For months I have wished to support a friend I have known for over two years
who may need to “come out of the autism closet,”
and who is also one of the kindest, bravest, strongest, most selfless human being,
more than any neurotypical person I have known;
someone whose selflessness I could only compare to some of my friends and allies at the Autistic Self-Advocacy Network or the Autism Women’s Network.
This may be a shock for her, and if she is upset with me for that, I understand.
Autistic people naturally feel low self-esteem and self-loathing, not because there is something wrong with autism,
but because of years of discrimination and inequality.
If she is upset for me for breaking the news, I understand.
It is a lot to ask of anyone, and something you should be able to expect someone you trust not to hoist upon you.
Now when I say help her come out of the autism closet, let me explain what I mean:
I do not mean that I plan to gain recognition for letting her know she is diseased or needs to be fixed.
I do not mean that I wish to have her read books by professionals who call her emotions or character flat or immature or treat her like some person who can’t “get it together.”
I do not mean to treat her as if she or her chances of getting where she was in life can be measured by some autistic who I consider to be a basket case.
I do not mean that I need to treat her like someone whose unique idiosyncrasies I need to constantly remind her of or patronize her for.
I do not mean treat her like she is a punching bag for me as a person who is against things like vaccines, Monsanto, lead poisoning, non-organic milk, abortion, or homosexuality.
I do not mean that she is someone I have to consistently point out or blame for her past struggles with going to Burger King, keeping up in school, following teacher’s instructions, or tolerating fluorescent lights.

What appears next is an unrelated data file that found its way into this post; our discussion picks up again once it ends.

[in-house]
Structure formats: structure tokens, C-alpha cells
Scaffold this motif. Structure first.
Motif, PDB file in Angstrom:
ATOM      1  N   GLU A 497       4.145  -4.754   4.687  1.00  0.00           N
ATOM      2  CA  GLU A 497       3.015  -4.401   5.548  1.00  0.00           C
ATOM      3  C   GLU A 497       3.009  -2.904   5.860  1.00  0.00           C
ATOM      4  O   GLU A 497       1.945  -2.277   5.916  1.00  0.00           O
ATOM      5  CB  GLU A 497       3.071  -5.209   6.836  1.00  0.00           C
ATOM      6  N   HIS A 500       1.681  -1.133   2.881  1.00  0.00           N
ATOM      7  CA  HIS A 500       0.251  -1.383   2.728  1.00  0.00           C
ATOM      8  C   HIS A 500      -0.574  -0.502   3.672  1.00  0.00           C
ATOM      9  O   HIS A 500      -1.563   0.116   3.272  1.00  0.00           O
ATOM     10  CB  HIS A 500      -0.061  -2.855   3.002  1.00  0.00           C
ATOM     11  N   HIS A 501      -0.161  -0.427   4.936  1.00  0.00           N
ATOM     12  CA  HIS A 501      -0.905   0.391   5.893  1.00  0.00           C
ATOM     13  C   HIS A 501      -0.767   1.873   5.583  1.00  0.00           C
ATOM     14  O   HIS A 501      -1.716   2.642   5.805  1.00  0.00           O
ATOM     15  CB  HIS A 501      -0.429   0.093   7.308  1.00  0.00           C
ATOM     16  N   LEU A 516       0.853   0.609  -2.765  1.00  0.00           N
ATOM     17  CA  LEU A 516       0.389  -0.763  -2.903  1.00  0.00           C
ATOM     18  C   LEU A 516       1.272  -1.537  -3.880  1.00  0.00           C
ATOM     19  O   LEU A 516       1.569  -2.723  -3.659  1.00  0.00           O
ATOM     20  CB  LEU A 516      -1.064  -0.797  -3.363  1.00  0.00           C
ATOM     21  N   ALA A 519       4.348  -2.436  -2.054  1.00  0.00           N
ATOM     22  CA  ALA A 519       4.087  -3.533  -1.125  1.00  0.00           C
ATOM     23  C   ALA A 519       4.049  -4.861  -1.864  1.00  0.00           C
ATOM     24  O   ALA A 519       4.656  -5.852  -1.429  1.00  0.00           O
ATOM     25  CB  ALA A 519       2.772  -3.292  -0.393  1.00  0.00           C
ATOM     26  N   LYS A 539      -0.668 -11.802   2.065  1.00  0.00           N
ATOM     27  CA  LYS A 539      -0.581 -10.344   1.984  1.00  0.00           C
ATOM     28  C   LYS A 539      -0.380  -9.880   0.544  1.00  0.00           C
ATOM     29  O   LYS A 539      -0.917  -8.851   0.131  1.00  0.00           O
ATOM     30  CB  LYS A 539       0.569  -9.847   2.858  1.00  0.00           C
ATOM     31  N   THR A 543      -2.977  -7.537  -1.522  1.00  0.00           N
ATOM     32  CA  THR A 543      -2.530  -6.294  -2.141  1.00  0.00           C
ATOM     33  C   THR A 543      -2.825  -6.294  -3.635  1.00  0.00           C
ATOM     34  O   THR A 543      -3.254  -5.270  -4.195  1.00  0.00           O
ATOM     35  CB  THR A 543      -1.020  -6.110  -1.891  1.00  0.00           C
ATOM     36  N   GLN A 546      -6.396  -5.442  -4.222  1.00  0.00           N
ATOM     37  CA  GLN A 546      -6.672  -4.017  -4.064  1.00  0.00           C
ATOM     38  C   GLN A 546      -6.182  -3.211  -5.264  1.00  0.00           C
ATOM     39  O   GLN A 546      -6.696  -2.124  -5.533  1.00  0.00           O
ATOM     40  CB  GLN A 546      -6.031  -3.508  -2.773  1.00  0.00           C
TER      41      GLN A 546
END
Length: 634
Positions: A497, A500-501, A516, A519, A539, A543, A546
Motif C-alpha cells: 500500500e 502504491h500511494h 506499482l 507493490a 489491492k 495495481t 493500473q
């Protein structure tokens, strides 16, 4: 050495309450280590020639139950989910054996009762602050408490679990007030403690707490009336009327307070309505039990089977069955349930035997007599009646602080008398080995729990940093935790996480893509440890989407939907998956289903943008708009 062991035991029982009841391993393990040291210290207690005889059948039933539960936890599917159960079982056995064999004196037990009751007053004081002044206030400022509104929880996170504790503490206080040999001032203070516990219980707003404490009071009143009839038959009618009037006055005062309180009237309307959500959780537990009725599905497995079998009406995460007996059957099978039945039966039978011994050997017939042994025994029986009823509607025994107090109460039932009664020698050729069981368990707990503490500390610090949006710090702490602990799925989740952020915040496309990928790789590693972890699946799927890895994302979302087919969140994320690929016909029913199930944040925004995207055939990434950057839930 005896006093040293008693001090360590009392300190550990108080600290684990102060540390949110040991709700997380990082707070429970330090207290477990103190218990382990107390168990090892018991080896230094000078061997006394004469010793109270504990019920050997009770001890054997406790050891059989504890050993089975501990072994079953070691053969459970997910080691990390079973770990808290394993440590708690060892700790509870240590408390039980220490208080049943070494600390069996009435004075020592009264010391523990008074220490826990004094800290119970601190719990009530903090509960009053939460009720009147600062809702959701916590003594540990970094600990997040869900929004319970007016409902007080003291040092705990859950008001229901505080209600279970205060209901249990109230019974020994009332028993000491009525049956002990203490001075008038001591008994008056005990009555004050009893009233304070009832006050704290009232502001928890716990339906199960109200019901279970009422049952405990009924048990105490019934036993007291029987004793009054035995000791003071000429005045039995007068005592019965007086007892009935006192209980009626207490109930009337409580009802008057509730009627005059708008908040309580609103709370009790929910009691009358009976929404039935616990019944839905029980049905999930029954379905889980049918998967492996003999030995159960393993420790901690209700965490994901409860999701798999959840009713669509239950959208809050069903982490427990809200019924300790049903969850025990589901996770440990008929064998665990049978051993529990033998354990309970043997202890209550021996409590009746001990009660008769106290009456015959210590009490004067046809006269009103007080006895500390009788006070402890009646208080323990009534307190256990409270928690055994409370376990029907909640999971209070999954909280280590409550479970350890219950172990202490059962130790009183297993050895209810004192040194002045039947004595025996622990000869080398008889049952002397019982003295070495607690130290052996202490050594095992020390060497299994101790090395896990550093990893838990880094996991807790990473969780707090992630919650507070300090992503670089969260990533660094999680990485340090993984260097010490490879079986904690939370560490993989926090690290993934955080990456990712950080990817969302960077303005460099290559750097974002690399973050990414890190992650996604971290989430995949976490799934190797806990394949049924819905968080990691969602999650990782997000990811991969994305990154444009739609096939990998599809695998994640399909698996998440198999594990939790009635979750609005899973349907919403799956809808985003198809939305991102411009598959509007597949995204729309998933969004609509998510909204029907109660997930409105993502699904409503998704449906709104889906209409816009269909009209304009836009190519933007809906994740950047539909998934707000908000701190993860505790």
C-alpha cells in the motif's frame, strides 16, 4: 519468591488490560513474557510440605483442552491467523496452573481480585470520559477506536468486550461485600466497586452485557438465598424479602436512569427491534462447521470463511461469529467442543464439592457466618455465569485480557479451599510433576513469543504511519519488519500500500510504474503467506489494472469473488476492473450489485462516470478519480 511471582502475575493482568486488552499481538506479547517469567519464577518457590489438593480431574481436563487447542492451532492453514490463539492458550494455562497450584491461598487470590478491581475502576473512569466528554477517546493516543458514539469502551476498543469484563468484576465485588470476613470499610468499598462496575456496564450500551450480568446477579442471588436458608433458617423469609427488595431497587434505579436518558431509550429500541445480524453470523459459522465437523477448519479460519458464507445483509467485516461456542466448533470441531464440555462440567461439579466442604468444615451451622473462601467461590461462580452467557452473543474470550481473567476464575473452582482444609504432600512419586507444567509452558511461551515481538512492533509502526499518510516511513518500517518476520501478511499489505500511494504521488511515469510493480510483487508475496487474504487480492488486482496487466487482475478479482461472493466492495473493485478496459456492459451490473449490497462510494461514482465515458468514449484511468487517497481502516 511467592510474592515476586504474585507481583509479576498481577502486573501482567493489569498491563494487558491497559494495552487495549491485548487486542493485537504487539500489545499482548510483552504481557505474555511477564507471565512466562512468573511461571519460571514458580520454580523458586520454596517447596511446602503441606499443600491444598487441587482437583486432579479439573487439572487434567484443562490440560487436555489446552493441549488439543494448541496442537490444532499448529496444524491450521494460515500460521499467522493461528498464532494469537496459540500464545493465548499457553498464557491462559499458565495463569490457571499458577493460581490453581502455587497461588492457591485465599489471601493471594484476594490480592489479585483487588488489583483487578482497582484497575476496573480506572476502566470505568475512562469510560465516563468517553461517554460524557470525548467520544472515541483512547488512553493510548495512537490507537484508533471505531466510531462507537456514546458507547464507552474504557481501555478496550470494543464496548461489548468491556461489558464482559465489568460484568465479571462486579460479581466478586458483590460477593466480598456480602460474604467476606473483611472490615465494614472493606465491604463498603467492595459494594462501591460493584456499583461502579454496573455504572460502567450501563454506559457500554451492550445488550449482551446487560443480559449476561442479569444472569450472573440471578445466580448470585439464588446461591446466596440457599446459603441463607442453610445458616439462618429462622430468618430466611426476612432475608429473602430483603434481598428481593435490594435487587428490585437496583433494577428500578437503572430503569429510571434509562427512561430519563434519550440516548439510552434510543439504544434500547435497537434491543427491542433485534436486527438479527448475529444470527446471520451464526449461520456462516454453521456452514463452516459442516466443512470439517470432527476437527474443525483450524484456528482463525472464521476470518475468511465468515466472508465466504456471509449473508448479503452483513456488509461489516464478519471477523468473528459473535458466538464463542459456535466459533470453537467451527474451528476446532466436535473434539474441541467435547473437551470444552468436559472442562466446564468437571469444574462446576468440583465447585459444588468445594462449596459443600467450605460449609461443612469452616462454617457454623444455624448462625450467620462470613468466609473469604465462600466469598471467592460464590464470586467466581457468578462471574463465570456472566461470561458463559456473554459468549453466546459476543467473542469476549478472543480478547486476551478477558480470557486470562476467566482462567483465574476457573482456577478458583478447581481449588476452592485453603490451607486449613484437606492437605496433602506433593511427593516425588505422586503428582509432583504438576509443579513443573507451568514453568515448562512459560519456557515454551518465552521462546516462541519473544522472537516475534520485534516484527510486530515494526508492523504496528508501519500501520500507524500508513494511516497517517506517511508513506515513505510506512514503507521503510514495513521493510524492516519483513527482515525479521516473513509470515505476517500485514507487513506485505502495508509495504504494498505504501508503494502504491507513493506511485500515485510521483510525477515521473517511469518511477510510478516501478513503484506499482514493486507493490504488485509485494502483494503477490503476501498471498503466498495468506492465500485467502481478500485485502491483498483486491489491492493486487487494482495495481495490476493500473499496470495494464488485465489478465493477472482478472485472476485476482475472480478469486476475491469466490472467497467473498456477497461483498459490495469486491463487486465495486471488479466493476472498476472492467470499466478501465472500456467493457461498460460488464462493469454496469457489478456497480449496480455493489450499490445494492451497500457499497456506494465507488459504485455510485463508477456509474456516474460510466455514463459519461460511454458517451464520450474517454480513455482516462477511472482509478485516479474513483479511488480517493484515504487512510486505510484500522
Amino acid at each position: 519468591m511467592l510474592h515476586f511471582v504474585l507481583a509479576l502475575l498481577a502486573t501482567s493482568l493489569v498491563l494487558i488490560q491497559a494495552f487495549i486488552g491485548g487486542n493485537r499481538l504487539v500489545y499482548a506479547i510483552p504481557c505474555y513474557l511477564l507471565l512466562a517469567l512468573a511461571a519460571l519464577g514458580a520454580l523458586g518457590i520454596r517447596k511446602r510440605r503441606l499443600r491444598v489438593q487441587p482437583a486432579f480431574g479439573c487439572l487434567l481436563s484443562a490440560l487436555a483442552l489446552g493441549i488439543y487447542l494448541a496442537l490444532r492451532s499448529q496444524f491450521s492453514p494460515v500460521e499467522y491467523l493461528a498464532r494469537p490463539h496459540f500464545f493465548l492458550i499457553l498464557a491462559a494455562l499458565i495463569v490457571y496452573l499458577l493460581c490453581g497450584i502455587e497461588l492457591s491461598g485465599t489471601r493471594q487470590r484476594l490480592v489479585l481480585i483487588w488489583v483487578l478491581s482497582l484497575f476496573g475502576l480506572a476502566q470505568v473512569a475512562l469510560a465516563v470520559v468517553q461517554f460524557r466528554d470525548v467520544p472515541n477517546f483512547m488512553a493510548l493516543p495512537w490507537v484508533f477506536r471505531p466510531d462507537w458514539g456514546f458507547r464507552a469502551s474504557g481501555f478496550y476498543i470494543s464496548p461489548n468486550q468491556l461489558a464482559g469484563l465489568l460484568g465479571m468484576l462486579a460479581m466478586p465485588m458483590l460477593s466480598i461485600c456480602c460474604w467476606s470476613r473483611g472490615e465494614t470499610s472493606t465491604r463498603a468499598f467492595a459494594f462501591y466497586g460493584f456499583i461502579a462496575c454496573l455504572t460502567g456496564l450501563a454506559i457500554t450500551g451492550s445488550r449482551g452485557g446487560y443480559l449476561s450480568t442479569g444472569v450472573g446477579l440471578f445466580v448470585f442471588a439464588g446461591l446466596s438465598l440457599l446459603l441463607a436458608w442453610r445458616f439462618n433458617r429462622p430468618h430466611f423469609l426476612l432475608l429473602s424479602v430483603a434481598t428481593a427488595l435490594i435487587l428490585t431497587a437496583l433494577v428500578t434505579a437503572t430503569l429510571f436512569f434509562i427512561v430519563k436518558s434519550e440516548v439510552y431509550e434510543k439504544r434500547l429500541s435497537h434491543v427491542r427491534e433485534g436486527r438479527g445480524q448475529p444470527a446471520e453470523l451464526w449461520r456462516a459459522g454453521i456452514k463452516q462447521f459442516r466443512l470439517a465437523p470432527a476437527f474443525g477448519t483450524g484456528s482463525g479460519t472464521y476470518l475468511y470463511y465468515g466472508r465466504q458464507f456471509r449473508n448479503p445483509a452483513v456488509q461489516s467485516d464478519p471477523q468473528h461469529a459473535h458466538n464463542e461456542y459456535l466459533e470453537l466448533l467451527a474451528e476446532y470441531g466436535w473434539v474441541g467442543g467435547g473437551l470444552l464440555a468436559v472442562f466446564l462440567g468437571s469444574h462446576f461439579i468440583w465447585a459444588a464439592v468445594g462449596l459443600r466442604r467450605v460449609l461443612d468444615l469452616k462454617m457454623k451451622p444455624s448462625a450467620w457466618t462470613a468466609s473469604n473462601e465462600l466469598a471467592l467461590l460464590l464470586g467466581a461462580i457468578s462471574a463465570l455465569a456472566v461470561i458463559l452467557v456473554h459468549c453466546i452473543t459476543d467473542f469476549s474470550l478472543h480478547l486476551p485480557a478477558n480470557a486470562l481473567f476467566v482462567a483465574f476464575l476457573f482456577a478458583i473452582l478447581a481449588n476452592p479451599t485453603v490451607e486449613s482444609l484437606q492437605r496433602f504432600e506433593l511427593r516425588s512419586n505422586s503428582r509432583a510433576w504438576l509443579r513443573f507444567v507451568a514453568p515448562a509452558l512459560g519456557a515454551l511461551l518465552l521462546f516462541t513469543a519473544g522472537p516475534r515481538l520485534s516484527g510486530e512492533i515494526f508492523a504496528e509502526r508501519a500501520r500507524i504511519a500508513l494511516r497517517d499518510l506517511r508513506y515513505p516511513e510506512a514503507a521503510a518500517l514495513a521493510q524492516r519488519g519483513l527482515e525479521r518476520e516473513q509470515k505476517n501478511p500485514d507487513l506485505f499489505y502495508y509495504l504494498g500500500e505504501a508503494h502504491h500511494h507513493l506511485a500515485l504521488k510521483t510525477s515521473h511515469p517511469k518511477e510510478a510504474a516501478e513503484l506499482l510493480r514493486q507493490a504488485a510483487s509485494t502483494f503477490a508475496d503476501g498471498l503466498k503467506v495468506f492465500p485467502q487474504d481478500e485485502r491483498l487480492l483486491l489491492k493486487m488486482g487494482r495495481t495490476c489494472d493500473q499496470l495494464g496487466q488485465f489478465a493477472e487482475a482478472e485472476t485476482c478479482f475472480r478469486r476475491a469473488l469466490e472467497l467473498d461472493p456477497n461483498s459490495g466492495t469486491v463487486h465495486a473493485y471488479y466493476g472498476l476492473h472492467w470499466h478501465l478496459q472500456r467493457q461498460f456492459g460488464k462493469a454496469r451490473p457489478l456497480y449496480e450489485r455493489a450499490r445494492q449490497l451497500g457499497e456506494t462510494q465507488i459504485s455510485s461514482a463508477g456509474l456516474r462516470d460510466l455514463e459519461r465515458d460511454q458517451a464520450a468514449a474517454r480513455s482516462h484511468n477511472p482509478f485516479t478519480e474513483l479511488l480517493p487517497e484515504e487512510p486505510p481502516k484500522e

I do not mean that I am going to strut around wearing autism awareness on my sleeve, making her feel like some complete freak show or charity case.
I mean to treat her like someone who has the same right as any other person to have their individual needs to grow to her greatest potential met without debating over whether it is due to being diseased or treating her like I’m doing her a favor, no ifs, and, or buts, and no excuses, hidden agendas, whatsoever.
I mean to treat her as a member of a group of people who frequently don’t need to use small talk about weather or the price of gas to avoid topics I am too uncomfortable to honestly talk about,
who don’t need someone with a grocery cart to make more room between themselves and the sliding doors to get through when there’s ten times as much room in the gap on the other side,
as someone who doesn’t need to hear or see something at the next table and automatically assume it involves them,
who does not let themselves be judged by the presence or the state of her things,
who have the courage and tenacity to follow their dreams into fruition whatever the cost,
and probably included the cofounder of the Constitution, the United States, and one of the best Universities in the world and the smartest man who ever lived.
I mean to treat her as someone whose shortcomings are not more severe rather than more tolerated.
If anyone wants to help a friend come out of the autism closet, I suggest you follow my lead.